- Environmental and social justice activist group that uses letter-writing campaigns to influence politicians and policy-makers
- Founded in 1989 by Los Angeles chiropractor Dr. Mha Atma Singh Khalsa
- Opposes Patriot Act and other anti-terrorism legislation
- Opposes oil drilling in Alaska
F](https://wiser.directory/organization/earth-action-network-ean/)[ounded] in 1989, the Earth Action Network (EAN) describes itself as a “non-profit, environmental/social justice organization dedicated to the prevention of Earth-damaging developments.” The founder of the group, Los Angeles chiropractor Mha Atma Singh Khalsa, was a member of numerous environmental and social-action organizations. After reading, in an activist guidebook, that governmental and private entities alike generally assume that each letter they receive on any given topic is representative of the views of hundreds of additional voters or consumers, Khalsa began writing letters to elected officials, corporate presidents, and other influential people based on the information contained in the many newsletters and reports that he received from the groups to which he belonged.
Khalsa subsequently resolved to make this same strategy the foundation of his newly formed EAN, whose activism mainly takes the form of letter-writing campaigns. Specifically, EAN members and supporters can download pre-written letters expressing concern about various environmental issues from the EAN website, and then personalize the letters on their own. Or, as an alternative, they can sign up to receive, via postal mail or an email attached file, monthly packets of already-personalized, pre-addressed letters that they can simply sign and then send to elected officials, world leaders, corporate CEOs, and anyone else capable of affecting public policy. EAN claims that such letter-writing initiatives have helped bring about the end of the Home Depot Company’s sale of wood from “old-growth forests”; the end of land development in Latin America and Indonesia by Citibank/Citgroup; and the defeat of efforts to initiate oil drilling in the ANWR Arctic refuge.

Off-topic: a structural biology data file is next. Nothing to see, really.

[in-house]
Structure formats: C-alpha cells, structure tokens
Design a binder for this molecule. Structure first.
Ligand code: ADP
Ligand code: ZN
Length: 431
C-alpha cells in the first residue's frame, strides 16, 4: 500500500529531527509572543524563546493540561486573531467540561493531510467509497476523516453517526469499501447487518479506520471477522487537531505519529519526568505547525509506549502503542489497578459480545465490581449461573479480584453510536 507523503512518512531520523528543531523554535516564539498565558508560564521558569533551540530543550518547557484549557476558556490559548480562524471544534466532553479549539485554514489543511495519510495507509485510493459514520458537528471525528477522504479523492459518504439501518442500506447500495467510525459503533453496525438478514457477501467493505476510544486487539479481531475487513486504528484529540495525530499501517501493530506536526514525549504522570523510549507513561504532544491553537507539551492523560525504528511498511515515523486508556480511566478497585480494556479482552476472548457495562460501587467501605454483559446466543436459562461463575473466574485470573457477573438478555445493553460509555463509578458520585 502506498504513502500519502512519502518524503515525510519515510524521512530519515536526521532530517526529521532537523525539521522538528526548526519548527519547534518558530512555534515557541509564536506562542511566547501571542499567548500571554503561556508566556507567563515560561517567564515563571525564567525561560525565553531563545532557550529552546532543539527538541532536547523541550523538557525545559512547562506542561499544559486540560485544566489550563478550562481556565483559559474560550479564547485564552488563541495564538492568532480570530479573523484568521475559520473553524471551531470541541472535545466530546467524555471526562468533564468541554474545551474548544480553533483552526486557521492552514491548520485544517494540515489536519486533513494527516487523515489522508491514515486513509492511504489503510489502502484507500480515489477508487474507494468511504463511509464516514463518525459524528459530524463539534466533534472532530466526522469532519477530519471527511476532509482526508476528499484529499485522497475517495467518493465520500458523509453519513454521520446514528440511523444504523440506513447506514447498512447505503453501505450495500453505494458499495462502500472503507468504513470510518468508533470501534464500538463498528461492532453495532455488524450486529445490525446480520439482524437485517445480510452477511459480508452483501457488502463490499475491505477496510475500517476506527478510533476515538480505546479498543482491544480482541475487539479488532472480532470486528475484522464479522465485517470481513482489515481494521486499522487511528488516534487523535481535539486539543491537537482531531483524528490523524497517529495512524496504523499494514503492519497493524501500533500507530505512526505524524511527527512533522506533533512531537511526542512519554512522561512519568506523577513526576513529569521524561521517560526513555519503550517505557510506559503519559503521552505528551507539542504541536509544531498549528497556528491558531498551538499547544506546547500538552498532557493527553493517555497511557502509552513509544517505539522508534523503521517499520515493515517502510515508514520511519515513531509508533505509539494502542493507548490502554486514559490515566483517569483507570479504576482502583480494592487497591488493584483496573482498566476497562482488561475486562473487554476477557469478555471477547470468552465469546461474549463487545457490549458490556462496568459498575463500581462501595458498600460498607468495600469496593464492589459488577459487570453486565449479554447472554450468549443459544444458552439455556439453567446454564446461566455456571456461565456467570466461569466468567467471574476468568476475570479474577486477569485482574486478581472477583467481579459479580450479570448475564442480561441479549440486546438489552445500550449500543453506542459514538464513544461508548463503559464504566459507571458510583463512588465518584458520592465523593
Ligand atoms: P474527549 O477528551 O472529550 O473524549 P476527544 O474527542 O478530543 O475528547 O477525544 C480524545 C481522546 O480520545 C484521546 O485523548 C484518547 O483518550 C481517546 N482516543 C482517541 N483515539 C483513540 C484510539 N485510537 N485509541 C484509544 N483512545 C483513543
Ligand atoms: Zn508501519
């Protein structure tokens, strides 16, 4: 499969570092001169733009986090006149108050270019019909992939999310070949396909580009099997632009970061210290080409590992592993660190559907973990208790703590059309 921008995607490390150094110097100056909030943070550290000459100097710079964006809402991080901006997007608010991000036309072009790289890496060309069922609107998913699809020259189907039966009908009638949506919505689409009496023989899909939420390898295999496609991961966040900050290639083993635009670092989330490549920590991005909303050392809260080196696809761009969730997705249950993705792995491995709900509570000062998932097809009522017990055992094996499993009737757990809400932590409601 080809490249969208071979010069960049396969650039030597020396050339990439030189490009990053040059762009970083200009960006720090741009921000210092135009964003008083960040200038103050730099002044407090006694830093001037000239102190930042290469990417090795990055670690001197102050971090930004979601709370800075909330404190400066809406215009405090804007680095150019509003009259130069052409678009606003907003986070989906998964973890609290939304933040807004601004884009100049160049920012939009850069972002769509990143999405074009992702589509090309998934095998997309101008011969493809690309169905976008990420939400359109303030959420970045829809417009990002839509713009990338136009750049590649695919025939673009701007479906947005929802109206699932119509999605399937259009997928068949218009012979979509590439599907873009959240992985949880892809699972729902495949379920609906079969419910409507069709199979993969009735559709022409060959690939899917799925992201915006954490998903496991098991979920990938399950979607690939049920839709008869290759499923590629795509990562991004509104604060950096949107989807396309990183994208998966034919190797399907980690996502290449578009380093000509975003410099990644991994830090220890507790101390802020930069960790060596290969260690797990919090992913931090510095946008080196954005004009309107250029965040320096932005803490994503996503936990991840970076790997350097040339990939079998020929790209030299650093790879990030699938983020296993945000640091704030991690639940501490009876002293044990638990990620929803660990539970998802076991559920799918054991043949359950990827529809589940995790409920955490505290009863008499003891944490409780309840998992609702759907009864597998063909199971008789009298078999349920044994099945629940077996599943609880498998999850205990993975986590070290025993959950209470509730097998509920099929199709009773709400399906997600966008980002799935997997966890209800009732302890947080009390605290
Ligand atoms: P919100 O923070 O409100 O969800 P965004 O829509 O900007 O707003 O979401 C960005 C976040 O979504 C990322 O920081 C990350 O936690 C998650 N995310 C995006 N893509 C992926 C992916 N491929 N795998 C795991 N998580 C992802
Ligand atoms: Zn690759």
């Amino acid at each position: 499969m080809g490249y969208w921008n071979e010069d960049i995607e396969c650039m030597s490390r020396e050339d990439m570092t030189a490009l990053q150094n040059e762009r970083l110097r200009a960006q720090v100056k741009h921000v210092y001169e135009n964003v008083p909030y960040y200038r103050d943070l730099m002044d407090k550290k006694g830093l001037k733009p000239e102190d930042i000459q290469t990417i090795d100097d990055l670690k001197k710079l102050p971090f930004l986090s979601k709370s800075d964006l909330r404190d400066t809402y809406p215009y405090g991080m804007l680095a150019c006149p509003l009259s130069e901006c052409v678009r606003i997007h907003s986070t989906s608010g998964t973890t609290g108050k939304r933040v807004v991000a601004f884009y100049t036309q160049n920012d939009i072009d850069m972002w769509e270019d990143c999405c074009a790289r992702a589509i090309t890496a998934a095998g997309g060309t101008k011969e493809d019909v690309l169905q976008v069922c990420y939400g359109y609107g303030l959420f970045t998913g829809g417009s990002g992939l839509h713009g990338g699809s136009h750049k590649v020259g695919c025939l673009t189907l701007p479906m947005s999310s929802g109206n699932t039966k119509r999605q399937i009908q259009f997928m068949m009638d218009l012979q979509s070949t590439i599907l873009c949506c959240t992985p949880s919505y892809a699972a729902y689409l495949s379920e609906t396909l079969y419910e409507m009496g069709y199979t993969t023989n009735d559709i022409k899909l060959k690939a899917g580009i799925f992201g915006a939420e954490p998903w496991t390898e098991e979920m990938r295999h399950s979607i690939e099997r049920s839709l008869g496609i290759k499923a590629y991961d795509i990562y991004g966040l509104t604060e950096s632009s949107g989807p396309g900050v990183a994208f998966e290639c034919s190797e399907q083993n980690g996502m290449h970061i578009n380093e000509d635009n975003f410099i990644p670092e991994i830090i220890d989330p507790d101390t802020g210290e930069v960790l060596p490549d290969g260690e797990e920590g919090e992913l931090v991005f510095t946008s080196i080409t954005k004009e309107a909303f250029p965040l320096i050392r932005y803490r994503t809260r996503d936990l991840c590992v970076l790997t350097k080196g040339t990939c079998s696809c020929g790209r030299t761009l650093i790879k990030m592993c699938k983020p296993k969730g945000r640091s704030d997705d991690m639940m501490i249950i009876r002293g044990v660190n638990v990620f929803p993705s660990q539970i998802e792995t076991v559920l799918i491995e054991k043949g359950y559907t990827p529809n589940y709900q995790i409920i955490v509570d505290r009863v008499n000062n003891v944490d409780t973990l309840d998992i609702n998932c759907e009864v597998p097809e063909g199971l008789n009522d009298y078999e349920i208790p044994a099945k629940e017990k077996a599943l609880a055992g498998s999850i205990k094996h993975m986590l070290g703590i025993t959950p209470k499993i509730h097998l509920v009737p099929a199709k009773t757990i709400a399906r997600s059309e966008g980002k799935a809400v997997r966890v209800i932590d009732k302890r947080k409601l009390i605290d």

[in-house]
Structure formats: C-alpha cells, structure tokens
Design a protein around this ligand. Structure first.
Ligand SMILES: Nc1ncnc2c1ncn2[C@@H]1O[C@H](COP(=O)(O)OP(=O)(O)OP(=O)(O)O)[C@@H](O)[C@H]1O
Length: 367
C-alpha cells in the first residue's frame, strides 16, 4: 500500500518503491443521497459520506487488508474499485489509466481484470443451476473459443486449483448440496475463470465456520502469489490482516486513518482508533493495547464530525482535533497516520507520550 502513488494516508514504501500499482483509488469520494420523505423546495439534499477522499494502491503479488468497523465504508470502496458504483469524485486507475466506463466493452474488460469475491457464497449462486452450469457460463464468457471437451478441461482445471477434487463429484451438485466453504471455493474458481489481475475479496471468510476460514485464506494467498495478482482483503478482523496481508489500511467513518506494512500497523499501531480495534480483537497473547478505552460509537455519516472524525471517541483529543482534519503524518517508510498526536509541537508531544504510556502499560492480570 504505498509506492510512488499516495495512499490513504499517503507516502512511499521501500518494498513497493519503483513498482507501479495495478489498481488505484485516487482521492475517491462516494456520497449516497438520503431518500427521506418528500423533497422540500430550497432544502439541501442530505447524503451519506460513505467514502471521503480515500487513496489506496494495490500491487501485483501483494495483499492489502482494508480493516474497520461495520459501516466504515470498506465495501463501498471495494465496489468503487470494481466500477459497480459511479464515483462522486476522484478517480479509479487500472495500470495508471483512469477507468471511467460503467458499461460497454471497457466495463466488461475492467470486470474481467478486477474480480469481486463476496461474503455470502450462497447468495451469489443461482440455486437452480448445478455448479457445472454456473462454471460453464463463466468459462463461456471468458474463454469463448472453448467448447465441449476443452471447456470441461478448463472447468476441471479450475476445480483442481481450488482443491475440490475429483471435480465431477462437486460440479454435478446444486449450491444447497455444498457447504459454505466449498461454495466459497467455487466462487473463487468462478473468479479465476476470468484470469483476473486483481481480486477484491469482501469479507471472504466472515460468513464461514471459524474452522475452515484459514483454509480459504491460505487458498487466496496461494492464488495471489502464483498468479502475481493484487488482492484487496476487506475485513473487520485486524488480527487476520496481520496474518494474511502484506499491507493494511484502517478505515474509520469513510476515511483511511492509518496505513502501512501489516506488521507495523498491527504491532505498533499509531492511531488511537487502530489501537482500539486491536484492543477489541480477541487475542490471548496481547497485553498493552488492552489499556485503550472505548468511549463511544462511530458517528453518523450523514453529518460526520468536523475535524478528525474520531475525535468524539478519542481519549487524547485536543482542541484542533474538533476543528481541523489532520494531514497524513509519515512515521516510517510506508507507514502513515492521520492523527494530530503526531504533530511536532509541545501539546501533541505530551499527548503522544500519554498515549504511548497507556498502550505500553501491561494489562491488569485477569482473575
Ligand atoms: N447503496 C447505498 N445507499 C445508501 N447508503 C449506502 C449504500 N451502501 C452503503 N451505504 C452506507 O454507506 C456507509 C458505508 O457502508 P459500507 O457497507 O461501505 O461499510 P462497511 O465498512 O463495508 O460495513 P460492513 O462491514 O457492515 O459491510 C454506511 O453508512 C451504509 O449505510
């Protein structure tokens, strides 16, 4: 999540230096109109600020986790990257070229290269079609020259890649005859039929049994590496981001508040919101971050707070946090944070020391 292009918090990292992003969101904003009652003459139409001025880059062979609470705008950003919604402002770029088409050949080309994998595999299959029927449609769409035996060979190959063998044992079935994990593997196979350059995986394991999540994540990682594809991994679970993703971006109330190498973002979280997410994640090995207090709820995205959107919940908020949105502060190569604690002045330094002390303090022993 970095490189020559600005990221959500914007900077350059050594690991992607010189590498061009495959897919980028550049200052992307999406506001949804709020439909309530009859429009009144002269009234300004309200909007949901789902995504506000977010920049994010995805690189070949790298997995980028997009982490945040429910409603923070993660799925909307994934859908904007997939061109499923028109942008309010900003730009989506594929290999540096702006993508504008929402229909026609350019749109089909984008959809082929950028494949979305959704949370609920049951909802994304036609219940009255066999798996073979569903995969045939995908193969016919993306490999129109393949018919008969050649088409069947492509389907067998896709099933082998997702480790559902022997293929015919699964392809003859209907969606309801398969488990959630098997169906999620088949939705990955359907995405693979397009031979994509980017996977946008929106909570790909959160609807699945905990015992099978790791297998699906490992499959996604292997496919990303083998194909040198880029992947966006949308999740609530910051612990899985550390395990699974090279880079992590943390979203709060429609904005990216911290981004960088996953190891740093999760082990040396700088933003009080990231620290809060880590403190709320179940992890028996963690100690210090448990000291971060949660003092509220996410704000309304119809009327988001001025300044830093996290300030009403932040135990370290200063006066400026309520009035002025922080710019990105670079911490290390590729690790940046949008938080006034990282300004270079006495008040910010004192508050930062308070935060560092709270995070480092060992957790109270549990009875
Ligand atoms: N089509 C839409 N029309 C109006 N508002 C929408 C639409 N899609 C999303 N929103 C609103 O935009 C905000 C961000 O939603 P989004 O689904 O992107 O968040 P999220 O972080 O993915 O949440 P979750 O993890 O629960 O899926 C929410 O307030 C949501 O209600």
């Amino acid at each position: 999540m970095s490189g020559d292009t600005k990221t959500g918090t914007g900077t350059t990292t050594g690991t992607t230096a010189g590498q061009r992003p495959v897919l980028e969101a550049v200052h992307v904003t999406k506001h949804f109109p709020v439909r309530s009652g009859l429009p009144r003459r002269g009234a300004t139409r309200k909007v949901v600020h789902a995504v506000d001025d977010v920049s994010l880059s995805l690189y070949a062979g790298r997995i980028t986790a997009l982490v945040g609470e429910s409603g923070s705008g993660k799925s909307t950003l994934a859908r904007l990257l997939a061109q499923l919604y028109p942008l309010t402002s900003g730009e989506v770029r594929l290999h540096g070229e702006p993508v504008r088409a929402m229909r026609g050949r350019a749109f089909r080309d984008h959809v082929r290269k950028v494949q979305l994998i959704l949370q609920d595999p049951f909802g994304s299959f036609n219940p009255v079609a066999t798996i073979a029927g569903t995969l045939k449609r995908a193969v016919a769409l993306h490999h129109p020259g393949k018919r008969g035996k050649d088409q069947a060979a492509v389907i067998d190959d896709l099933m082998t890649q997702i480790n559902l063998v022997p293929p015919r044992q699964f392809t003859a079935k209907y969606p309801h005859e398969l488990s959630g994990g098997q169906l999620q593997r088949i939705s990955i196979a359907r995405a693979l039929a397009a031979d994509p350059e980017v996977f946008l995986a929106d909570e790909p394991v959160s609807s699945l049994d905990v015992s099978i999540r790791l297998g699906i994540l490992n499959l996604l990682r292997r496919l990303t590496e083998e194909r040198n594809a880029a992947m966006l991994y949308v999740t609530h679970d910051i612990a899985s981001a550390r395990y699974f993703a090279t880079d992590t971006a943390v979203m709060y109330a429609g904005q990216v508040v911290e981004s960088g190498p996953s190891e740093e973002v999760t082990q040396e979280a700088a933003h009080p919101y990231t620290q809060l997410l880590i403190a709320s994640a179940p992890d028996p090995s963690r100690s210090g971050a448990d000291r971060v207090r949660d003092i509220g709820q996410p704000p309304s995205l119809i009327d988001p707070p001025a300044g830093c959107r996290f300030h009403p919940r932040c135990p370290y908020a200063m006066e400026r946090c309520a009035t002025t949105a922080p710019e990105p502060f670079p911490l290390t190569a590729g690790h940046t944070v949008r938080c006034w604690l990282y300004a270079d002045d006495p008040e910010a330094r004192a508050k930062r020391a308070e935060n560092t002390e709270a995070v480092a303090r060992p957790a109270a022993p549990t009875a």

EAN has also attempted, through its letter-distribution campaigns, to influence U.S. foreign and domestic policies outside the realm of environmentalism. For example, in the first few years of the 21st century, the Network issued “Action Letters” opposing post-9/11 Homeland Security measures. These letters bore such titles as “Vital Changes Needed in U.S. Foreign Policy!”; “Missile Defense Is Wasting Billions That Could Be Spent on Real Security!”; and “Don’t Extend USA Patriot Act!” They also counseled Americans to “Reverse New FBI Guidelines” and “Protect Our Bill of Rights” by opposing anti-terrorism legislation like the “VICTORY Act.” Also a leading opponent of free trade and globalization, EAN condemned the Central America Free Trade Agreement (CAFTA) of 2004.
In 2001, EAN founder and principal letter-crafter Mha Atma Singh Khalsa joined other leftist power brokers – including the billionaire Aris Anagnos, founder of the Humanitarian Law Project – in withholding financial support from the Southern California radio station KPFK for its refusal to broadcast the radical programs Democracy Now! and Alternative Radio.
After the terrorist attacks of 9/11, Khalsa was a signatory to Not in Our Name’s “Statement of Conscience,” which condemned the Bush administration’s “stark new measures of repression” and its “unjust, immoral, illegitimate, [and] openly imperial policy towards the world.”
To further spread its message on issues of concern, EAN also sends email alerts to its members and has produced a series of audio recordings which it sells for a nominal fee. The speakers featured in these audios include Noam Chomsky, Kevin Danaher, and other left-wing ideologues.
Over the years, EAN has received a great deal of funding from such entities as the Bank of America Charitable Foundation, the David and Lucile Packard Foundation, the Educational Foundation of America, the Ford Foundation, the Geraldine R. Dodge Foundation, the Heinz Family Foundation, the Jenifer Altman Foundation, the Park Foundation, and the Turner Foundation.